Gore lectures Australians on climate change in taxpayer-subsidized conference

Former Vice President Al Gore is in Australia hosting a project to combat climate change -- a push that is being subsidized by local taxpayers to the tune of $100,000 amid a dispute over a controversial coal mine.

Gore, who spearheaded the 2006 movie “An Inconvenient Truth,” has spent decades calling for action against climate change and founded a nonprofit, The Climate Reality Project. In Australia, he has opposed the building of the Adani coal mine in Queensland.


It was in that context that the Queensland state government announced last year that Gore would lead a Climate Reality Project training conference in the state from June 5-7. According to The Courier-Mail, Queensland taxpayers are paying at least 143,000 Australian dollars (approximately US$100,000) for the hiring of a convention center in Brisbane, and a project coordinator.

The Courier-Mail reports that that could be a low-ball prediction as the state government will only reveal what has been paid in “project milestones.”

According to the project's website, participants at the Brisbane conference will learn from Gore "how to communicate the urgency of the climate crisis to people everywhere" and "learn to inspire others to take action."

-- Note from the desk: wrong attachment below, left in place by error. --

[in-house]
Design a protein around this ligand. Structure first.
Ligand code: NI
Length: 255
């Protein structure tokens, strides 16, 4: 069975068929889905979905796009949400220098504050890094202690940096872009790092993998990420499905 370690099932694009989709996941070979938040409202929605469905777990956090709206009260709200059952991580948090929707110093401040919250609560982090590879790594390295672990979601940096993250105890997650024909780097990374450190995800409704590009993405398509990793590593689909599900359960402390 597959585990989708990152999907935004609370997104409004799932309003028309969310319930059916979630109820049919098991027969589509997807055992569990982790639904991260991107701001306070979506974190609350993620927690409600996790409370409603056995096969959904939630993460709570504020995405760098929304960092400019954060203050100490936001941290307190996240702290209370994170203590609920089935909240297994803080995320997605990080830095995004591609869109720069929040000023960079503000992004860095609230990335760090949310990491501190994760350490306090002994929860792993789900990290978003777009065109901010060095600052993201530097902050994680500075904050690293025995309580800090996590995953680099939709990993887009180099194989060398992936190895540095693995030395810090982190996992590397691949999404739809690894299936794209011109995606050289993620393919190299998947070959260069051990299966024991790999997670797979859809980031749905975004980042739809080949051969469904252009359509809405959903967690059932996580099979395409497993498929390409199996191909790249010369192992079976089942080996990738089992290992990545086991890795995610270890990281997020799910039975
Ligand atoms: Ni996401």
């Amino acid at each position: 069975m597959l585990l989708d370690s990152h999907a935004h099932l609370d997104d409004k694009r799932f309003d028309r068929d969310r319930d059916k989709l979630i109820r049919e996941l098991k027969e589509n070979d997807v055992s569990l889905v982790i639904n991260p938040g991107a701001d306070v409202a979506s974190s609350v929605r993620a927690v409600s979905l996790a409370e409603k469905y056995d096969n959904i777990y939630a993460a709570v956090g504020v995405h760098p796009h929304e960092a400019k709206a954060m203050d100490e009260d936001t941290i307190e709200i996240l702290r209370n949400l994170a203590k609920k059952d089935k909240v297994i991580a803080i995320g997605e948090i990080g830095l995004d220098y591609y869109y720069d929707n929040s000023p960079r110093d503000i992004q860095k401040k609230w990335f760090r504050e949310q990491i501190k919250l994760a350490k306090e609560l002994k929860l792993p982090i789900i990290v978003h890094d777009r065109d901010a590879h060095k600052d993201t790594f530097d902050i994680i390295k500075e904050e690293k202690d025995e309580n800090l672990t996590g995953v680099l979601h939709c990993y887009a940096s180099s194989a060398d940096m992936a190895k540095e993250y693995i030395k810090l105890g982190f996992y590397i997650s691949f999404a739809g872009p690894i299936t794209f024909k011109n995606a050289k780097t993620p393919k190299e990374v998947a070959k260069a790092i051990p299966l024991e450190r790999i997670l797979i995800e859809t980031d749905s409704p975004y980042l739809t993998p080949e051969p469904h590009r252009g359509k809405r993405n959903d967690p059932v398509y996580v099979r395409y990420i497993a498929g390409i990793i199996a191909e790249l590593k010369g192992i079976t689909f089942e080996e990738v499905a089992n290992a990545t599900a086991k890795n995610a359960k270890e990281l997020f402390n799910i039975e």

"The event will offer a rare opportunity to learn directly from Vice President Gore how to raise awareness of climate change and inspire people everywhere to act -- just as he’s done with the landmark films 'An Inconvenient Truth' and 'An Inconvenient Sequel: Truth to Power,'" an advertisement for the event said.

Office of Environment Minister and Labor Party member Leanne Enoch told the outlet that the Queensland government “is supporting the climate leadership training by providing funding for the venue and a Brisbane-based Climate Reality Project manager.

“Al Gore is not being paid by the Queensland Government,” she said.

But Resources Minister and Liberal National Party member Matt Canavan said the move was an example of “hypocrisy” and said he hopes Gore “can hear the message of how our state’s fantastic coal creates jobs, powers the world and produces a better environment because it is cleaner.”

At the event, Gore slammed the decision to build the Adani mine and claimed that financial institutions refused to fund it.

"May I just say. This is nuts. But I doubt [Adani] is ever going to happen anyway," he said, according to the Sydney Morning Herald.

Instead, he urged Australia to pivot to solar energy and said it would have hard time selling coal to the increasingly solar-reliant India.

"Since Australia has the best solar resource of any nation in the world, you would only have to capture 0.1 percent of the solar energy that God makes available to you in order to meet 100 percent of your energy needs,” he said.

The climate project was reportedly expected to dovetail with the election of Labor Party prime ministerial hopeful Bill Shorten -- who had campaigned on fighting against climate change. Shorten would have been expected to attend if he had won. But Shorten lost the election last month, with Liberal Party Prime Minister Scott Morrison unexpectedly winning re-election.

The Courier-Mail reports that Gore will run the three-day session from Wednesday to Friday, and students as young as 8 will be encouraged to join a “Minister’s Climate Challenge” to help solve the climate crisis.